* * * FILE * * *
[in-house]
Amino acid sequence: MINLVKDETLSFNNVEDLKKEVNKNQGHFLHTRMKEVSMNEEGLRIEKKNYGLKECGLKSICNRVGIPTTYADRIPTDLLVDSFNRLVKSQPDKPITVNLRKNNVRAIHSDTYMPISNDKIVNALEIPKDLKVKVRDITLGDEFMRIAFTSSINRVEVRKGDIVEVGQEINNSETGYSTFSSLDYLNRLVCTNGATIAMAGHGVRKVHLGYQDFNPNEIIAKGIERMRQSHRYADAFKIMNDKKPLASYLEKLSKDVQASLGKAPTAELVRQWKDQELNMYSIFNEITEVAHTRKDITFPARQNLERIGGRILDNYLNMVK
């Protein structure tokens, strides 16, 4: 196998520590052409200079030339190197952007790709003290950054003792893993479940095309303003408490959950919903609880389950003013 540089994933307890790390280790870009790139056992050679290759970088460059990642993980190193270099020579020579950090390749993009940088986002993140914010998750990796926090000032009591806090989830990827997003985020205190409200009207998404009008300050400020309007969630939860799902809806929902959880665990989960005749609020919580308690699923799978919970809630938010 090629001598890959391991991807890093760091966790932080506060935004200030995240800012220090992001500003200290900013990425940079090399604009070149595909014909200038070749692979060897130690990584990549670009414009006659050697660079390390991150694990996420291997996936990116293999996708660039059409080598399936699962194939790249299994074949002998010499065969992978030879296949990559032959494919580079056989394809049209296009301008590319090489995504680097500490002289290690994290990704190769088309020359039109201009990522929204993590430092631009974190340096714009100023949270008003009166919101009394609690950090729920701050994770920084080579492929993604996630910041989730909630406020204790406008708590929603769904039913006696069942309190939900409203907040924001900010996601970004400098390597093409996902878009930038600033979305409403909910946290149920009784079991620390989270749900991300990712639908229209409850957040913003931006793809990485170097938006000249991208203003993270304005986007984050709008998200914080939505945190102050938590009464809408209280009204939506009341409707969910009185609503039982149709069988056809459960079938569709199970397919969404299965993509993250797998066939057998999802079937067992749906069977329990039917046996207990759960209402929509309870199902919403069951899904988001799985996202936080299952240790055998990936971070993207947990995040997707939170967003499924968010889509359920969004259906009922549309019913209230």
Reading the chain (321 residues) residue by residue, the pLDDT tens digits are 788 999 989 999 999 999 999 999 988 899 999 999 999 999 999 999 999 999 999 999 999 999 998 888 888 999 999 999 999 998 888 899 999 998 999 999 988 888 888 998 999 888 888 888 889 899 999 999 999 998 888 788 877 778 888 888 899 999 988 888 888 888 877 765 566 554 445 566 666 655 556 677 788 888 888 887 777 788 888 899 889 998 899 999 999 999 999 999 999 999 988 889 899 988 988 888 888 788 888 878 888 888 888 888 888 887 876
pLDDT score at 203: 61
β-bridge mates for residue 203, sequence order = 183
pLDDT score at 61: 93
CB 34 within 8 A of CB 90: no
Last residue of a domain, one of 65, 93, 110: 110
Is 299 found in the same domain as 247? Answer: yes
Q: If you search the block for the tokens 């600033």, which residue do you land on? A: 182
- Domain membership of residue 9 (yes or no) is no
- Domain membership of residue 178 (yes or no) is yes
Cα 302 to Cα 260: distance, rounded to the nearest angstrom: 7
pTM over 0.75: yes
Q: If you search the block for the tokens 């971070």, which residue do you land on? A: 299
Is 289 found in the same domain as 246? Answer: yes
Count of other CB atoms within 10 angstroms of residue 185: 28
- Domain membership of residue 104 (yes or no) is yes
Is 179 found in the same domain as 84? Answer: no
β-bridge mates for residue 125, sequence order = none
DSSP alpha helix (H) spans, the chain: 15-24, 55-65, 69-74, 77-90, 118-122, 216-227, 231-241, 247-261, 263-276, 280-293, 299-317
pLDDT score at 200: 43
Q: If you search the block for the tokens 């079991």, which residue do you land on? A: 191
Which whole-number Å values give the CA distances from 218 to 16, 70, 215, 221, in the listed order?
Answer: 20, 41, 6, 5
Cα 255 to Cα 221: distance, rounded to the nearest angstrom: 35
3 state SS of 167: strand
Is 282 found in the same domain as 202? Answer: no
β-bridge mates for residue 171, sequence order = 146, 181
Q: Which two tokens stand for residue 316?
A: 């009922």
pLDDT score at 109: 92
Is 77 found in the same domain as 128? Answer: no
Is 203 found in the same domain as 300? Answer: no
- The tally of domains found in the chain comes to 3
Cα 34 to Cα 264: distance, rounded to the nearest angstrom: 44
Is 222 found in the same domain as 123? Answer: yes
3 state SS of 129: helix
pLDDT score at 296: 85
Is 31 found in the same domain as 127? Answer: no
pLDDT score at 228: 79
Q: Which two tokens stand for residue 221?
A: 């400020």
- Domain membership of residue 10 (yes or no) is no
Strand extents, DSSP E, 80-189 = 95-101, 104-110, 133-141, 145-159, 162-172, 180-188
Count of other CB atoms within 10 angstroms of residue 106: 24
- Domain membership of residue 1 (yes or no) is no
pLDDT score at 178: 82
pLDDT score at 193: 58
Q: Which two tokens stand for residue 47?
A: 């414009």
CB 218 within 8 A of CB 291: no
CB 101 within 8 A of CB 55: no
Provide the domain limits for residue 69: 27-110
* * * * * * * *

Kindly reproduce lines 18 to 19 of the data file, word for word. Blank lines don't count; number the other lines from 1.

Count of other CB atoms within 10 angstroms of residue 185: 28
- Domain membership of residue 104 (yes or no) is yes